The following article is part of conference coverage from the 2022 American Academy of Neurology (AAN) Annual Meeting. Neurology Advisor’s staff will be reporting breaking news associated with research conducted by leading experts in neurology. Check back for the latest news from the 2022 AAN Annual Meeting.

 

For adults with anti-acetylcholine receptor antibody-positive (AChR Ab+) generalized myasthenia gravis (gMG), use of ravulizumab may provide sustained improvements for up to 1 year, according to interim analysis findings presented at the 2022 American Academy of Neurology (AAN) Annual Meeting, held from April 2 to April 7 in Seattle, Washington, and virtually from April 24-26, 2022.


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Ravulizumab is a long-acting terminal complement inhibitor that allows extending maintenance dosing every 8 weeks. The current study is an ongoing open-label extension (OLE) of a 26-week, double-blind, randomized, placebo-controlled phase (RCP) as part of the CHAMPION MG study (ClinicalTrials.gov Identifier: NCT03920293) to evaluate the long-term safety and efficacy of ravulizumab in adults with AChR Ab+ gMG.

Researchers randomly assigned 79 patients to receive ravulizumab (n=39), a terminal complement C5 inhibitor, or placebo (n=41) at a dose of 3000 to 3600 mg according to body weight every 8 weeks for up to 4 years. Patients were either blindly inducted or were provided a bridging dose depending on whether they received ravulizumab or placebo during the RCP phase of the study. The Myasthenia Gravis-Activities of Daily Living (MG-ADL) and Quantitative Myasthenia Gravis assessments were given to all patients.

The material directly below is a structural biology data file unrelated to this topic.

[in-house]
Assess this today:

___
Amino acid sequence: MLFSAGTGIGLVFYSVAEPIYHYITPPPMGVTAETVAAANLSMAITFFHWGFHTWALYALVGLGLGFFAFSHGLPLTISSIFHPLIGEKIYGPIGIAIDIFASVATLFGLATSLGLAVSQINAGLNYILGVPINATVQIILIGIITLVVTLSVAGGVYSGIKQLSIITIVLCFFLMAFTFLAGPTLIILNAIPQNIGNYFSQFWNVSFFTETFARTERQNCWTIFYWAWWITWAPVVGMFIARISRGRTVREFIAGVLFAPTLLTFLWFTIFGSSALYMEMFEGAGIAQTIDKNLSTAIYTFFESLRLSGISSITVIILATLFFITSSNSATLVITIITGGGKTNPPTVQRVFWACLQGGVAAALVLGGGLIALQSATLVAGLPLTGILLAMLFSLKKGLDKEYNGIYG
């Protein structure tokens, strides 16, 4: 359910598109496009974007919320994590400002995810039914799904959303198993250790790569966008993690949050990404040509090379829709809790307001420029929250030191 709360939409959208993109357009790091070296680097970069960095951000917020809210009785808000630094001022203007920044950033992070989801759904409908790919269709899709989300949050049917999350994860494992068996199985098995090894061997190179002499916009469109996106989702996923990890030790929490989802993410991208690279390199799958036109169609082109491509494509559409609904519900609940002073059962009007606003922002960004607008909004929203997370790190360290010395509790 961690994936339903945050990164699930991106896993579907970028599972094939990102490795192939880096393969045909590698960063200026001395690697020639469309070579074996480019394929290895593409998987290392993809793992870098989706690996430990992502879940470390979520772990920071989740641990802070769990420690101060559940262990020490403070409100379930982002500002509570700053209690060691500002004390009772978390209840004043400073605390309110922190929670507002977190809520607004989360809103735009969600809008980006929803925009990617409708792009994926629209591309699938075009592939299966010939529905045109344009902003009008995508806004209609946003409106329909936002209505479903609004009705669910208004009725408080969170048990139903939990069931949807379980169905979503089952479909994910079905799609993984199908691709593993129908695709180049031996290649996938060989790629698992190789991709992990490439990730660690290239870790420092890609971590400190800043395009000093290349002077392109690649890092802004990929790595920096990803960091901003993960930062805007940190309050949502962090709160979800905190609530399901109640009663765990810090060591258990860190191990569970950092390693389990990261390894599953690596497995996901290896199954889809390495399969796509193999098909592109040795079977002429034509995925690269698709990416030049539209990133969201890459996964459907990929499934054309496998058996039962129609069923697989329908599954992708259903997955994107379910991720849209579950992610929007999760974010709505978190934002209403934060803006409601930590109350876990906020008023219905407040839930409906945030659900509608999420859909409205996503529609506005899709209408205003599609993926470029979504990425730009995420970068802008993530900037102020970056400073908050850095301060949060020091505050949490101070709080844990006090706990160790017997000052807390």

Patients treated with ravulizumab in the RCP and the OLE experienced and maintained improvement in the MG-ADL score from baseline to Week 52 (least squares mean change, -4.2; 95% CI, -5.7 to -2.7; P <.0001). Patients who received placebo in the RCP and later received ravulizumab in the OLE experienced and maintained significant improvement in their MG-ADL score from baseline to Week 26 (least squares mean change, -2.4; 95% CI, -3.8 to -0.9; P <.01).

There were no cases of meningococcal infection reported in the interim analysis and ravulizumab was well-tolerated in patients.

Overall, the study investigators concluded that ravulizumab “demonstrated sustained improvements in symptoms and was well tolerated for up to 1 year in adults with AChR Ab+ gMG” when administered every 8 weeks.

Reference

Howard JF, Vu T, Mantegazza R, et al. Long-term efficacy and safety of ravulizumab, a long-acting terminal complement inhibitor, in adults with anti-acetylcholine receptor antibody-positive generalized myasthenia gravis: results from the phase 3 CHAMPION MG open-label extension. Presented at: the 2022 AAN Annual Meeting; April 2-7, 2022; Seattle, Washington; April 24-26, 2022; Virtual Meeting. Abstract S25.005.